The firm is faced with an irreversible decision of whether or not (and when) to invest in the third stage of clinical trials of a new anti-asthma product, Newprox. The potential worldwide market for Newprox is approximately one billion dollars.

The case is enriched by the fact that the firm plans the launch of a product, Minprox, designed to treat nasal congestion caused by allergies. This product uses the same molecule in Newprox but the market for Minprox could be significantly small, which would result in a negative NPV.

There are two important aspects worth considering about the Minprox project and its link to Newprox. First, the launch of Minprox would underline the continuity of investments in company image and would represent a bridge between the anti-allergy segment (where Schering Plough has been present for over ten years) and the anti-asthma segment (where Schering Plough is a newcomer ). Second, Minprox represents an important source of information that allows SP to postpone and condition the launch of Newprox. As a matter of fact, SP bases the decision to invest in the last stage of clinical trials of Newprox on the potential success of Minprox.

Airbus: Valuing Options in the Airline Industry

John Stonier, Airbus Industrie and Alexander Triantis, University of Maryland

Real options may arise naturally in the course of business, such as the option to wait to invest. Alternatively, they may be granted or purchased in the form of contractual options. This paper presents the authors' experience with the valuation and use of contractual aircraft delivery options in the aircraft manufacturing and airline industries. The relative value of a contractual option compared to an airline's natural option to wait to invest is captured using a contingent claims model. Some of the interesting issues that arise in the analysis include mean reversion, the estimation of underlying present values and volatilities, and the appropriate specification of stochastic exercise prices and queue lengths for delivery. In addition to a standard delivery option, we also examine conversion rights - options to take delivery when there is a choice of aircraft type (i.e., options on the maximum). The use of contractual delivery options raises many interesting strategic issues from the perspective of both the aircraft manufacturers as well as the airlines. We explore implications for risk management, value creation through flexibility, competitive strategy, and optimal contract design.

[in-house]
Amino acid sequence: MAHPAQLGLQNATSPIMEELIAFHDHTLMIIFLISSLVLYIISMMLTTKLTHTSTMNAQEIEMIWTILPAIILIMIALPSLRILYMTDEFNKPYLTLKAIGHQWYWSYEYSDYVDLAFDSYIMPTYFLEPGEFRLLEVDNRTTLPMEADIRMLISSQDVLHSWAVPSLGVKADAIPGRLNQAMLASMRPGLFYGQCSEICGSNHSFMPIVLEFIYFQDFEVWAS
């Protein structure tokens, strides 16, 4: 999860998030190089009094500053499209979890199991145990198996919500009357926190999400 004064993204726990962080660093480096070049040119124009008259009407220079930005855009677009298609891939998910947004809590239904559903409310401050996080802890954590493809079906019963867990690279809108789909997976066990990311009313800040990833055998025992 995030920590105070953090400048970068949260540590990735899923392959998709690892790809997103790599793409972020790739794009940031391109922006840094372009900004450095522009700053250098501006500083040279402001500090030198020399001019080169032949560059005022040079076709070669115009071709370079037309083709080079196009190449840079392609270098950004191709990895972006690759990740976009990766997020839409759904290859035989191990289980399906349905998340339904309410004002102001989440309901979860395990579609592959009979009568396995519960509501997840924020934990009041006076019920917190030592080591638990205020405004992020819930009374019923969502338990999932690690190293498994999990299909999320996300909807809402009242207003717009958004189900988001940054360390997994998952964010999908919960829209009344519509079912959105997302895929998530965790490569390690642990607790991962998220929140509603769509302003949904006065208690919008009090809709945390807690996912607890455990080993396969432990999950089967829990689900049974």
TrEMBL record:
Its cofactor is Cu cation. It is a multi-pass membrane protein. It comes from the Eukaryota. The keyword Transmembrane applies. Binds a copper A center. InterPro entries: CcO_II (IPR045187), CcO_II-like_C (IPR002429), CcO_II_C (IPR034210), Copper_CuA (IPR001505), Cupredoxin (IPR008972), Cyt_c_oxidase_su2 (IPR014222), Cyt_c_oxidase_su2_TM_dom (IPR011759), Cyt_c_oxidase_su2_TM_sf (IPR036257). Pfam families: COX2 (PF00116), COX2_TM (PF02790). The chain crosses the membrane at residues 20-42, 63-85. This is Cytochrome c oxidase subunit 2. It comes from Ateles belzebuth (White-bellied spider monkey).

2A. Sharing Experiences in Oil Development/ Natural Resources & Panel

Real Options Application: From Successes in Asset Valuation to Challenges in Portfolio Optimization

Soussan Faiz, Texaco Inc., USA

The Real Options methodology is emerging as the state-of-the-art technique for asset valuation among practitioners. The increased collection of comprehensible literature on real-life applications is paving the way for using "option-pricing" methods, customary on Wall Street, in situations within firms of all sizes on Main Street.

Separately, the concept of "efficient frontier" is also making headway for applications in strategic diversification. Various products within the marketplace now enable a portfolio manager to optimize an asset (or business) mix under different risk and return trade-offs, short- and long-term objectives, and key operational and fiscal constraints.

There is, however, a large gap in the literature and in practice on combining Real Options with Portfolio Optimization. Often a portfolio contains opportunities that are dependent on common macroeconomics (e.g., oil price), have possible other interplays, and include various embedded options through their lifecycles. The ability to dynamically optimize asset combinations and determine the percentage stake and staging of each opportunity is of critical interest to senior executives.